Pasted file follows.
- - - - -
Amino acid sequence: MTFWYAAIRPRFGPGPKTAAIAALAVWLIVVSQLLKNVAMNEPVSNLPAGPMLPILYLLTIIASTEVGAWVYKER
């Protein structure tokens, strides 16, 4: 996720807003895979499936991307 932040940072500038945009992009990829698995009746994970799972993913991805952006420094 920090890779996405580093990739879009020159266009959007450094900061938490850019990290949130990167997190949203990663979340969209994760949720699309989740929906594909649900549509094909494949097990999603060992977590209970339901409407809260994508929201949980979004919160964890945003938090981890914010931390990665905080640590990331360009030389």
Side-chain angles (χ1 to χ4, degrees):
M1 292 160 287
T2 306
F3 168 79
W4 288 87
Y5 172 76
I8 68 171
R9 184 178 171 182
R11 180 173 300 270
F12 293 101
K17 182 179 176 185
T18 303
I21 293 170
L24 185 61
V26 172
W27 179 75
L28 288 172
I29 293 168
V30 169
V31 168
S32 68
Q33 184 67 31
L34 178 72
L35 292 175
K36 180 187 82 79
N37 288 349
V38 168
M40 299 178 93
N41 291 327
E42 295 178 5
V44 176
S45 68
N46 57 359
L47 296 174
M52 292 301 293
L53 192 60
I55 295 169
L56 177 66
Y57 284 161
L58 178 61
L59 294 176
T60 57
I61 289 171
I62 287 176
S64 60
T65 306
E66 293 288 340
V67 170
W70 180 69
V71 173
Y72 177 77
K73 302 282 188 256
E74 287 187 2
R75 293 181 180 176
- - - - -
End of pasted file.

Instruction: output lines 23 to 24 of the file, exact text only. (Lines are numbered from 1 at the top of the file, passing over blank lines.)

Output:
S32 68
Q33 184 67 31